In this information age of messages overload, packaging of phases known as "framing" creates a powerful metaphors. The article below examines what is behind the phases associated with public education.
Refrains of the School Critics
Behind the rhetoric lies a contempt in some quarters for the work of public educators
BY Susan Ohanian, The School Administrator Web Edition, August 2005
George Packer, a New Yorker staff writer, points to the danger of clarity, observing that seemingly simple and tough-minded words blow out as much smoke as the jargon of the Pentagon of decades past.
Nowhere is this smoke thicker and trickier than in the lingo the corporate-politico-media squad uses when talking about public schools. At first glance, their talk seems plain and to the point: failing schools, caring about education and education as war. In contrast, education progressives befuddle the public with authentic means of assessment,decision-making processes and triangulated learning.
But the simplicity is deceptive. The expression failing public schools has a lot in common with war on terror. After the media parrot these phrases often enough, we find ourselves at war and in the morass of radical public school deformation. Familiarity breeds acceptance. We need to unpack the knee-jerk, smoky phrases to examine the purposes behind the rhetoric we are in danger of taking for granted.
What follows are refrains about schools plucked from the news--not always unique statements but phrases repeated so often they have become jingles framed around a common theme: Make sure the public can’t think about public schools without thinking about failure.
The structure below is designed to encourage people to look closely at the rhetoric used to describe schools. Readers are invited to unpack popular phrases, to think about what is revealed and what is hidden. In so doing, we can keep our own discourse free of the corporate catchphrases.
Frame: Schools are failing.
Example: We need to acknowledge that our K-12 education system is failing--Our future U. S. competitiveness hinges on fixing it.
Speaker: American Electronics Association Board of Directors, in a report, “Offshore Outsourcing in an Increasingly Competitive and Rapidly Changing World: A High-Tech Perspective”
What It Means: When your job is outsourced, blame the schools. When the dollar tanks, blame the schools.
What It Hides: The only concern here is the bottom line. Corporations ship jobs overseas because that’s where the cheap labor is.
Something to Consider: More than five times as many people die from drugs prescribed by physicians than from the combined effect of street use of cocaine, heroin and Ecstasy, but there is no hysteria about the failing medical system.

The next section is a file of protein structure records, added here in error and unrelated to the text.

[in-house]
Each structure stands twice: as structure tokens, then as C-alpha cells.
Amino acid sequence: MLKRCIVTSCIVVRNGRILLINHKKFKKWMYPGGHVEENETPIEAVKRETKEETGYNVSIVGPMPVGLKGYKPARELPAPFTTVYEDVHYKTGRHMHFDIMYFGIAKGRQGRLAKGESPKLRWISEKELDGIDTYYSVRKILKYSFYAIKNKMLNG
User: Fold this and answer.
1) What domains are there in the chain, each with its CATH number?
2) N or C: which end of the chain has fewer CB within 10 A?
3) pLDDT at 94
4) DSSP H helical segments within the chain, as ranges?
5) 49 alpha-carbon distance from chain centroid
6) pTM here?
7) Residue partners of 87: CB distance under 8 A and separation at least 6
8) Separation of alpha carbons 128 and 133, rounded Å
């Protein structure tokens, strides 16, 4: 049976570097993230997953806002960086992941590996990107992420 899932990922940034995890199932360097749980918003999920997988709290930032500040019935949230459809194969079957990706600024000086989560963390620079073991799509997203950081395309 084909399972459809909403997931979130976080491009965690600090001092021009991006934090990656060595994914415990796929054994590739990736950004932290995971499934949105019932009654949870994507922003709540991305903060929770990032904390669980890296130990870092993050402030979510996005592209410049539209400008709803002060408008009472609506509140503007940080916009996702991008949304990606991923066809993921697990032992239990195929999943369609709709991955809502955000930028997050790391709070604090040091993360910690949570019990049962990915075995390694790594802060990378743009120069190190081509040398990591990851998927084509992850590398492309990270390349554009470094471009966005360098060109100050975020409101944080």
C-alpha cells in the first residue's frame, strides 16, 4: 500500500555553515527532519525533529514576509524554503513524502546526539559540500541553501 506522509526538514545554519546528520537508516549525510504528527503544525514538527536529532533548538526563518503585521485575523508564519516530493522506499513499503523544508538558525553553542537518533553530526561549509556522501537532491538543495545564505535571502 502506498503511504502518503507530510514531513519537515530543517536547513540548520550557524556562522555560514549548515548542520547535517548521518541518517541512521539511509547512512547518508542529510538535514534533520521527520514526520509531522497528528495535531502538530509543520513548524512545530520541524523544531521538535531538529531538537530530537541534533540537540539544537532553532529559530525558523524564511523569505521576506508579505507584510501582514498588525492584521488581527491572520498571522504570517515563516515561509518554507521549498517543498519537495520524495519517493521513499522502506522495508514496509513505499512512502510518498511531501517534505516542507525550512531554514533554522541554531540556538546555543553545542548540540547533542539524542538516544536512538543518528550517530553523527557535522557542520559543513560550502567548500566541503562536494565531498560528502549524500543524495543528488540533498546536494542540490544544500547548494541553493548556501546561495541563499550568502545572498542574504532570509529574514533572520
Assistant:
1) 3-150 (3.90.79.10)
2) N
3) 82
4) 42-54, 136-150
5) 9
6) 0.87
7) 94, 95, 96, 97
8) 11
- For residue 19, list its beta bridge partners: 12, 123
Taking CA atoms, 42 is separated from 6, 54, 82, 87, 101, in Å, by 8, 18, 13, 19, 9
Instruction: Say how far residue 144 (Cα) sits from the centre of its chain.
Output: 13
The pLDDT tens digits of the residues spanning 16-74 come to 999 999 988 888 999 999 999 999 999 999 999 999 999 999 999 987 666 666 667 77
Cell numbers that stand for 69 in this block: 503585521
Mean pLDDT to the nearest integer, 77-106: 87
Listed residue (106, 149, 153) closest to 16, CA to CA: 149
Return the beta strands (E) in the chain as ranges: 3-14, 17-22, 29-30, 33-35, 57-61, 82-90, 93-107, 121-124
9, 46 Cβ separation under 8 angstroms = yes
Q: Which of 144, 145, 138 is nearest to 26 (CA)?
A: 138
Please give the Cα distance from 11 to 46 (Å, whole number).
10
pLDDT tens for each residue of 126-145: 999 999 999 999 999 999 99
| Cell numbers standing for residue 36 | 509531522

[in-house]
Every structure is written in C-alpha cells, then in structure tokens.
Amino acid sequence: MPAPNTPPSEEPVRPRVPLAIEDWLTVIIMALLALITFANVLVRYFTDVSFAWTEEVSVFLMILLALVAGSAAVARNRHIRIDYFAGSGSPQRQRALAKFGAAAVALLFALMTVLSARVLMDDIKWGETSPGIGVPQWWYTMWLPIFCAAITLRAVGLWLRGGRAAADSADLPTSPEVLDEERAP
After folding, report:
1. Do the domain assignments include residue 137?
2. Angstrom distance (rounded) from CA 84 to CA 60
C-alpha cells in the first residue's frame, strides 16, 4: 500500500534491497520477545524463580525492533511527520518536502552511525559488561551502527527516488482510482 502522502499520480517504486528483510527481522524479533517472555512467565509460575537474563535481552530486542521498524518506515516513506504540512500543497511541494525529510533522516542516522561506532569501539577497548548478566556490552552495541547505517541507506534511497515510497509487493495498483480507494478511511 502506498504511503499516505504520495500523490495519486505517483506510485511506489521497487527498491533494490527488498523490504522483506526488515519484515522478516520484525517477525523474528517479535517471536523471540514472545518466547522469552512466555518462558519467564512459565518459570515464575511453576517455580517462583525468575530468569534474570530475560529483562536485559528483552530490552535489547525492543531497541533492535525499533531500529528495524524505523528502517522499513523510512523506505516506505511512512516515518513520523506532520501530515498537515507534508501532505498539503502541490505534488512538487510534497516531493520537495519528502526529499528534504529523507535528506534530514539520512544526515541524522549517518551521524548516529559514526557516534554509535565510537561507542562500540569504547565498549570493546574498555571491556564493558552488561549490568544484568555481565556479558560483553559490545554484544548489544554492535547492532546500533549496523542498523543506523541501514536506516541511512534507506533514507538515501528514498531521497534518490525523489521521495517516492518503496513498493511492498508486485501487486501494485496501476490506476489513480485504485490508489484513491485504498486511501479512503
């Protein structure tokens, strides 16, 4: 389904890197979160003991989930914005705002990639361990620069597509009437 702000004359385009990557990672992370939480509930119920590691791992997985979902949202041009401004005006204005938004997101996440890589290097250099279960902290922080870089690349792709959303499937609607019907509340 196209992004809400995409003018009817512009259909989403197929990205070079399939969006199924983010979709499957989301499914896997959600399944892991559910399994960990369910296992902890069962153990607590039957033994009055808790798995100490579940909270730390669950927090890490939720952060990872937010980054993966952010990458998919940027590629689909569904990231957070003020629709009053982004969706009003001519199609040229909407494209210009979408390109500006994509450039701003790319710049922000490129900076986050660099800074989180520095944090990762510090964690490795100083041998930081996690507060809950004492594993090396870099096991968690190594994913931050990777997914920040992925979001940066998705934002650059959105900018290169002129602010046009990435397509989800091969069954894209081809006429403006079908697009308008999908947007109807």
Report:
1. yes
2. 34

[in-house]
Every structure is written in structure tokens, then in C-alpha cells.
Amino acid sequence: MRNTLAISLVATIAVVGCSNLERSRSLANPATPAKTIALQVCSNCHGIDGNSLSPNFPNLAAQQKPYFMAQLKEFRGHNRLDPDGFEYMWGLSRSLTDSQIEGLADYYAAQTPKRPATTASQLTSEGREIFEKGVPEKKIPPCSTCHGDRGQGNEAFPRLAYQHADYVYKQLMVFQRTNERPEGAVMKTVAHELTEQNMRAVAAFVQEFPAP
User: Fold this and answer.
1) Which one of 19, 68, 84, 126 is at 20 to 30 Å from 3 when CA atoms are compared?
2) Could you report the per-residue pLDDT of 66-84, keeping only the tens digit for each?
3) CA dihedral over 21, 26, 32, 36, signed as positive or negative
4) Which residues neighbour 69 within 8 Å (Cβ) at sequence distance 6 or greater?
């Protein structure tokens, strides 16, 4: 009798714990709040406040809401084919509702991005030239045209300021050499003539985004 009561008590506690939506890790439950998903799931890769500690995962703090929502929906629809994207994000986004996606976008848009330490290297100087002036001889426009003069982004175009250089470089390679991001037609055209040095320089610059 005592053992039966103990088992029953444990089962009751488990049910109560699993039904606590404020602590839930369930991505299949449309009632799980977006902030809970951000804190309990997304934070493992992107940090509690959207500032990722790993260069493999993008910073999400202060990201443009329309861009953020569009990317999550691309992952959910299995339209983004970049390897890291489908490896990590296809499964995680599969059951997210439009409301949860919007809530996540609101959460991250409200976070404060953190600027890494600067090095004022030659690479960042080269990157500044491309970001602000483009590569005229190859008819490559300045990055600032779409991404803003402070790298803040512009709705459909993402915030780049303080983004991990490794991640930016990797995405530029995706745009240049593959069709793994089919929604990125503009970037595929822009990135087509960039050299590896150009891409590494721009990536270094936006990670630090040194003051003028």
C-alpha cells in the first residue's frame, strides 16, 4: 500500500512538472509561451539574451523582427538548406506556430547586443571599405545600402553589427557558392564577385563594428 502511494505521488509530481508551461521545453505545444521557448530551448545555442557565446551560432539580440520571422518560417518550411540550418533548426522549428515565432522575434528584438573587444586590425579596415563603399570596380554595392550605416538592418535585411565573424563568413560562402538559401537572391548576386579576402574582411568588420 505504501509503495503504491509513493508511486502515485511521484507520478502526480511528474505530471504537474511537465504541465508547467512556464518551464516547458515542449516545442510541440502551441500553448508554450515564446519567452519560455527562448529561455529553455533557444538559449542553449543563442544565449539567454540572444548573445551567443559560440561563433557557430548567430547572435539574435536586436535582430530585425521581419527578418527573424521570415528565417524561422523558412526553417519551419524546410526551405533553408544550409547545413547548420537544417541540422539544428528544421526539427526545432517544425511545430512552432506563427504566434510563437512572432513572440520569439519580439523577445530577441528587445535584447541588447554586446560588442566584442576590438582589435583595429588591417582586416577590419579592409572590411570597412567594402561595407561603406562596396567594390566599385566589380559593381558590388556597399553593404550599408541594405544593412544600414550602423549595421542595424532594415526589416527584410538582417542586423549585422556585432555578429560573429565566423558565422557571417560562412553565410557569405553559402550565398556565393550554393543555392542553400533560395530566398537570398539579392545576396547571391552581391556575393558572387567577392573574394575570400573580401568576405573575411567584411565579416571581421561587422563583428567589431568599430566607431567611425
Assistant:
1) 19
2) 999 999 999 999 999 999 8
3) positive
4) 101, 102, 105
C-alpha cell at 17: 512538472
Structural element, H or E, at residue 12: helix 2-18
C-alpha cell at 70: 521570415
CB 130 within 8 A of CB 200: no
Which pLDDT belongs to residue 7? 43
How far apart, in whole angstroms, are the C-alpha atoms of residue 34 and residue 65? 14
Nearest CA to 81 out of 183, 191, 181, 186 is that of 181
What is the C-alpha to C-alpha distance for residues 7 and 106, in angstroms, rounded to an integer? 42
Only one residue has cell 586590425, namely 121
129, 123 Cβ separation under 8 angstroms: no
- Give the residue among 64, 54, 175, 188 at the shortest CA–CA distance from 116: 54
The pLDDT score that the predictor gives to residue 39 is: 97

Frame: Caring about education
Example: “In these times, caring about education means caring about the implementation of No Child Left Behind.”
Speaker: Joseph M. Tucci, chair, Business Roundtable’s Education and the Workforce Task Force
What It Means: The Business Roundtable has been on-message about public schools since the 1980s. The organization has flooded the media with its message and formed a network of public and private organizations characterized by incestuous partnerships, overlapping alliances and common funding sources.
What It Hides: With 8-year-olds vomiting on high-stakes tests, special education students forced to take tests on their age level instead of their developmental level (and their school labeled failures when this doesn’t work), and high schoolers who want to be welders shut out of a high school diploma, caring seems a distinctly inappropriate word here. With care-givers like the Business Roundtable, public schools need no enemies.
Frame: Education as war I
Example: “ America is engaged in an unconventional conflict that stretches to every corner of the globe. … Our nation, which has prevailed in conflict after conflict over several centuries, now faces a stark and sudden choice: adapt or perish.
“I'm not referring to the war against terrorism but to a war of skills--one that America is at a risk of losing to India, China and other emerging economies. And we're not at risk of losing it on factory floors or lab benches. It's happening every day, all across the country, in our public schools. Unless we transform those schools--by upgrading our corps of classroom teachers for the next generation -- and do it now, it will soon be too late.”
Speaker: Louis V. Gerstner, chairman, Carlyle Group, and former CEO, IBM, and founder, The Teaching Commission (“ Bad Schools + Shackled Principals = Outsourcing,” The Wall Street Journal, Oct. 7, 2004)
What It Means: Noted researcher Gerald Bracey calls Gerstner the “captain of the scare industry.” Here, Gerstner provides a variation on the failing schools theme. Blame the teachers for outsourced jobs. Schools are a battlefield and the teachers are warriors. Referring to education professionals as a corps fits right in with the battlefield metaphor with the first meaning of corps being “a separate branch or department of the armed forces having a specialized function.” The second meaning is “a tactical unit of ground combat force.”
What It Hides: As co-author of Reinventing Education: Entrepreneurship in American Public Schools, Gerstner defined students as “human capital” and urged schools to compare themselves to each other as “Xerox compares itself to L.L. Bean for inventory control.” But it’s the global economy, not public schools, that’s destroying the working class. Corporate greed, not teacher skill, is the problem.
Frame: Education as war II
Example: Des Moines school officials laid out their battle plans for closing gaps in academic achievement for struggling minority and poor students.
Speaker: The Des Moines Register, “Board Discusses Achievement Gap,” July 14, 2004